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Culture of Grace

May 13, 2013 — Leave a comment

For a long time, I’ve wanted to write about grace. Yet it hasn’t happened, because I haven’t been able to find the words I need to express what I want to say.

Then I found this video, by the wonderful folks at Trinity Grace Church. It’s 3 minutes and 15 seconds long, and it encapsulates all I wanted to say and more.

I urge you to watch it.

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“If you judge people, you have no time to love them.” Mother Teresa

I recently heard a story of a lesbian and a Bishop who were part of a television debate. There was a huge amount of vitriolic argument, with the criticism aimed mostly at the Bishop. The majority of those present, both on the panel and in the audience, suggested his views on sexuality, equality and ethics were outdated and bigoted.

Despite the abuse thrown his way – particularly on the issue of sexuality – the Bishop responded to each question with love, humilty and grace.

At the end of the debate the lesbian participant approached the Bishop, moved at how he had responded so gracefully. She said this:

“I would rather be disagreed with and loved than tolerated.”

The Bishop – despite having strong views on her sexuality – had treated her with love, grace and respect. He hadn’t judged her, hadn’t criticised her, hadn’t made her feel guilty. He had shown her love.

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In the latest edition of Relevant Magazine, editor Cameron Strang writes this:

“Even when it isn’t popular, or it means we might be labeled or even attacked, we are called to speak the truth in love. We can no longer be voiceless.”

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In Rumours of God, Jon Tyson and Darren Whitehead point out that in the Gospels, Jesus doesn’t criticise those society would define as sinners.

Jesus loves them. He forgives them. He rebukes those who considered themselves righteous, the Pharisees.

But to those who were expecting to be condemned, Jesus only shows love.

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I wonder what our worlds would look like if that was how we treated people. I wonder what my world would look like if that was how I treated people.

If I was quick to love, slow to judge, even slower to condemn.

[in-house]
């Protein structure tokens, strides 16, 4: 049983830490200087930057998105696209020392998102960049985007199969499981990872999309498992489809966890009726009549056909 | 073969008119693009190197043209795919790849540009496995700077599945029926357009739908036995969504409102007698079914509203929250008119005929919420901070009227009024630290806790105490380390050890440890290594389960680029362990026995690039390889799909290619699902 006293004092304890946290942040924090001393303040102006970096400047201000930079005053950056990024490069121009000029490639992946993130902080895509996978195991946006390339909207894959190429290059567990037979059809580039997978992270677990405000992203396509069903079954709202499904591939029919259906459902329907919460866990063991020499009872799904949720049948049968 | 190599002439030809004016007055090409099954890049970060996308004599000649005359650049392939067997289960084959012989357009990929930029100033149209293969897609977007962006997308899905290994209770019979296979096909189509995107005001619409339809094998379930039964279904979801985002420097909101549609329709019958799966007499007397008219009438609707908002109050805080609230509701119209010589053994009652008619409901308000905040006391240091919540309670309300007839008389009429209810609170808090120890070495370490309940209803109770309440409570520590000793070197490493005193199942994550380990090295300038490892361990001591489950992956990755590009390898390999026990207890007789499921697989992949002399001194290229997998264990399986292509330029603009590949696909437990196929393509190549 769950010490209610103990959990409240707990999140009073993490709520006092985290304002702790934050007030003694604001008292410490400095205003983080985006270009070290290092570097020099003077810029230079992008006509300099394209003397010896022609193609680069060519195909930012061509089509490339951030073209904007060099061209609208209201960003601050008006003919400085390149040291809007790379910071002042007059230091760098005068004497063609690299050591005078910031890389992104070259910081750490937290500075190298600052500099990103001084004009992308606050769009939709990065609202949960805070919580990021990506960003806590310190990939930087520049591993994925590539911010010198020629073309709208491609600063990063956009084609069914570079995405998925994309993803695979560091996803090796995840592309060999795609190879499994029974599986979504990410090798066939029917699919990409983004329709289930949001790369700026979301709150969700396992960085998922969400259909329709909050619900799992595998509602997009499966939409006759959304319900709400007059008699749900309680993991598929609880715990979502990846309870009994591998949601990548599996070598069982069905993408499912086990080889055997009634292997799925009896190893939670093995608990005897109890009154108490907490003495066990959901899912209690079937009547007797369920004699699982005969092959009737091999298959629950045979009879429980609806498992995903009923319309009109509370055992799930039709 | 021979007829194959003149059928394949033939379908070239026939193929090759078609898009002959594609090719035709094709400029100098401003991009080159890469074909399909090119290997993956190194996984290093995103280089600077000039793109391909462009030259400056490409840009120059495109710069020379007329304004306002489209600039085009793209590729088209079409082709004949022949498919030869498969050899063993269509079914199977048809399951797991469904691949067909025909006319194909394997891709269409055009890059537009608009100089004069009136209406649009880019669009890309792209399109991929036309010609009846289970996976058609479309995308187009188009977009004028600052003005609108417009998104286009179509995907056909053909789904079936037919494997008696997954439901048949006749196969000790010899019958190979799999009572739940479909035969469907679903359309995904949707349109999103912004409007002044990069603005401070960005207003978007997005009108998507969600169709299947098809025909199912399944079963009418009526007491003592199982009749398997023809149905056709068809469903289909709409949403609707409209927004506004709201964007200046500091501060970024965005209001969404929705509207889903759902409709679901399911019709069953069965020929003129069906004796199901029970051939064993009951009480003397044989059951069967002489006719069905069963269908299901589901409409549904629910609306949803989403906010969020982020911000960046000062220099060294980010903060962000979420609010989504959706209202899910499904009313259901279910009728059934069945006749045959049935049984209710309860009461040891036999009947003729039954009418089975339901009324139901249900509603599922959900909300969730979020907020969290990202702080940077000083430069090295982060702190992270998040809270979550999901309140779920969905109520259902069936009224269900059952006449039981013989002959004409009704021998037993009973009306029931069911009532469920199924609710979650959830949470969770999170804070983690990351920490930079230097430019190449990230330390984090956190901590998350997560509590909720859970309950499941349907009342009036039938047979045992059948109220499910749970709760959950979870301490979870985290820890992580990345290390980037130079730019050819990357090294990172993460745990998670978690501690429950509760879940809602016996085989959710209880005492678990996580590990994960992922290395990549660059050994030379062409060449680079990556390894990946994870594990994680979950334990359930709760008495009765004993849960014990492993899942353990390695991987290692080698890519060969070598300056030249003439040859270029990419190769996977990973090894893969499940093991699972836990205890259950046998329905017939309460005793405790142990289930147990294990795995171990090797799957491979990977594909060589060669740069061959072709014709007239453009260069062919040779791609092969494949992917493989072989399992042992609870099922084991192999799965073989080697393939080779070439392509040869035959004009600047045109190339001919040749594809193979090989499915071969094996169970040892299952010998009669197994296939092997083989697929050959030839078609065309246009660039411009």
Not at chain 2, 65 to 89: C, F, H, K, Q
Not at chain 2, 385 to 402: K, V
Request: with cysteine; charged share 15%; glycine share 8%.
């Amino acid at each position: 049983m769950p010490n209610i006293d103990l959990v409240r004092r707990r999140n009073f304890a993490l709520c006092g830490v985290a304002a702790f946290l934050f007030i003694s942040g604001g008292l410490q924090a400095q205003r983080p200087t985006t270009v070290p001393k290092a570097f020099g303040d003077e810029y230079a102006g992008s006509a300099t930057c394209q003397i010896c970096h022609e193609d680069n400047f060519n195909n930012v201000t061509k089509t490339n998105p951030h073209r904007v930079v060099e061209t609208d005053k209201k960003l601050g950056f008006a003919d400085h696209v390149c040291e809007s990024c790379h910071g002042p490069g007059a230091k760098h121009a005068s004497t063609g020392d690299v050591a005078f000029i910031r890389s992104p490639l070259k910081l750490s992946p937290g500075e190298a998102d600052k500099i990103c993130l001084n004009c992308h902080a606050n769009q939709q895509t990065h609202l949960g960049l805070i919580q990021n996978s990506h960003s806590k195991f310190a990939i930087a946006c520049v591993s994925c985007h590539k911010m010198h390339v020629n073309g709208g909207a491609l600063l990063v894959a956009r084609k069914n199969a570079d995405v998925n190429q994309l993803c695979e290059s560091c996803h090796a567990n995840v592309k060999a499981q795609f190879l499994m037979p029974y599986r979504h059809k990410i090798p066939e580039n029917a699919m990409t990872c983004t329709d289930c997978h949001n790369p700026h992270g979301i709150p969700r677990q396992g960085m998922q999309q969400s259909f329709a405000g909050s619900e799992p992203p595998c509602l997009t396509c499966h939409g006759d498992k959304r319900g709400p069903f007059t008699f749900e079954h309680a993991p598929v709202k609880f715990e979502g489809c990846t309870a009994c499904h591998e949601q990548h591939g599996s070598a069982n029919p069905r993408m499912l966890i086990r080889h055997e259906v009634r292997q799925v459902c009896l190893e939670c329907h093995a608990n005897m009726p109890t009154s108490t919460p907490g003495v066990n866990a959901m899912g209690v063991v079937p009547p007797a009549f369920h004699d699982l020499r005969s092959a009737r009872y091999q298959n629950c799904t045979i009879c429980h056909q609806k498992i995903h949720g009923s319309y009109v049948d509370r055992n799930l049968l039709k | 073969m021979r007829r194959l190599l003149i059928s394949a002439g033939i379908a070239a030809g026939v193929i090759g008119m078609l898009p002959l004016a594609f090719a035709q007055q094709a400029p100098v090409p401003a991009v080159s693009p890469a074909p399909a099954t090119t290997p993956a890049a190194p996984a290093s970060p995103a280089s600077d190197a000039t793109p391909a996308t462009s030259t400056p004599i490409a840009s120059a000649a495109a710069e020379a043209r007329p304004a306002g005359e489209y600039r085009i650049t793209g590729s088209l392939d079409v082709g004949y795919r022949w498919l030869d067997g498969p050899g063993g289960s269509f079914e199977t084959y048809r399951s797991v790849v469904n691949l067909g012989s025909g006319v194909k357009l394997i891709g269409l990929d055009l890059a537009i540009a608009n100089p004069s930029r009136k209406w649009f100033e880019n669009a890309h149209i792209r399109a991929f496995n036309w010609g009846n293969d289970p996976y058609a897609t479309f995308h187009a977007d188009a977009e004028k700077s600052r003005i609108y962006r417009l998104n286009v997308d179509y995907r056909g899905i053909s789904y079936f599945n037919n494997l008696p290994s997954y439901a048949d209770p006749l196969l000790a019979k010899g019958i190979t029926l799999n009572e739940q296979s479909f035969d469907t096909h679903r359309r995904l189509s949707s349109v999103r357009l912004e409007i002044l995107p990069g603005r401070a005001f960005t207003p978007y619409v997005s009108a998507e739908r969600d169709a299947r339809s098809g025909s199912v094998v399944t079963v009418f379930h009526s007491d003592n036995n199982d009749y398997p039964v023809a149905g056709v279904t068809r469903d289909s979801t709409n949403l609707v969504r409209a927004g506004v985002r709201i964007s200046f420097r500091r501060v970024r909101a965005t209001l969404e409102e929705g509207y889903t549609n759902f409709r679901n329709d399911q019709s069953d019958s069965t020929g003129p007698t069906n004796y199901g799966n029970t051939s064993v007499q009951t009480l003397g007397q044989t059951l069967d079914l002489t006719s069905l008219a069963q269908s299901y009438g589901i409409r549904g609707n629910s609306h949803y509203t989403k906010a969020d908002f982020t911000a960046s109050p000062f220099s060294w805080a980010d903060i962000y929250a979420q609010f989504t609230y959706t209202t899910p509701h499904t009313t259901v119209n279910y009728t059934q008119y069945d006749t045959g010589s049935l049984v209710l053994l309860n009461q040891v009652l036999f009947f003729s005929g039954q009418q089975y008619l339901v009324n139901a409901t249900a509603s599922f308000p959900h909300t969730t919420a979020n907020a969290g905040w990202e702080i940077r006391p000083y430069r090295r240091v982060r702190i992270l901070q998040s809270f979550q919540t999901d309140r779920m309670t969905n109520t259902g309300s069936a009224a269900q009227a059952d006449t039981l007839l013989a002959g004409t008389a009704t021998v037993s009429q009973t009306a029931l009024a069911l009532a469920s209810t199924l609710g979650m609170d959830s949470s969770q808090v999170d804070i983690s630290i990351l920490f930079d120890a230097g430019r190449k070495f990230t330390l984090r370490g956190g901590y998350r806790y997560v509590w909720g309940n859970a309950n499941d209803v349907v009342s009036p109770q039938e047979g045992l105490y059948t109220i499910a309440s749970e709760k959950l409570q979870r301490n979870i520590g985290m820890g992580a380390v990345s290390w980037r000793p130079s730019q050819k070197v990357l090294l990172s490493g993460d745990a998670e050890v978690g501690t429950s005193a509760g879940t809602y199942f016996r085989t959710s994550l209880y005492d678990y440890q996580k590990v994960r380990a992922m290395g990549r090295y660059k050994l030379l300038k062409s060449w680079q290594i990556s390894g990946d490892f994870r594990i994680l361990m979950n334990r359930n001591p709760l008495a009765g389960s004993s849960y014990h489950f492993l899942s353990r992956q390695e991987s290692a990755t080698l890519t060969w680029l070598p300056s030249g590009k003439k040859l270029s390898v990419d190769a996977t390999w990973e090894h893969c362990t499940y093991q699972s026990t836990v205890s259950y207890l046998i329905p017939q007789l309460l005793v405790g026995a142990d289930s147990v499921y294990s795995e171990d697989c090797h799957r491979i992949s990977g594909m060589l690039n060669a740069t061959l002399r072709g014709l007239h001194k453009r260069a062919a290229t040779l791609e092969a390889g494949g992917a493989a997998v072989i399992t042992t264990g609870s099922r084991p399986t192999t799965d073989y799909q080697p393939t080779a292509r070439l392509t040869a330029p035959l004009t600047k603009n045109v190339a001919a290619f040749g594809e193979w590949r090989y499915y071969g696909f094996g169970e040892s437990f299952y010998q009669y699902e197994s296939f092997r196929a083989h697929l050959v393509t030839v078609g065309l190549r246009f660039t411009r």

After all, that’s what Jesus did.

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“Hold fast to dreams, for if dreams die, life is a broken-winged bird that cannot fly.” Langston Hughes

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I’ve been thinking a lot lately about the difference between understanding God and knowing God.

I think it’s important we try, within reason, to understand God. While we can never fully get our minds around his power, love, grace or holiness, it is undoubtedly helpful in our relationships with him to grapple with these facets of who he is.

After all, many people over the years have helped other Christians by developing their understanding of God.

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But more so, I think sometimes we (and by we you can definitely read I) worry too much about understanding God and don’t spend enough time simply knowing him. I may not fully grasp God’s love for me, but I can fully experience it. I may not completely comprehend how great the gift of grace is, but I can embrace it and live my life in it.

Don’t get me wrong – I’m not saying we should never try to understand God. There’s a definite time and place for such thinking.

But I believe understanding God alone will not transform us, will not turn our lives upside down for his Kingdom and fill us with the peace that God offers.

Only knowing God can do that.

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“Have patience with everything that remains unsolved in your heart…live in the question.” Rainer Maria Rilke

Working on my reflection

September 21, 2012 — 1 Comment

 
 
 
 
 
 
 
 
 
 
 
 
 
 
 
 
 

I love Jesus. I’m quite the fan.

But frankly, I really struggle to be like him.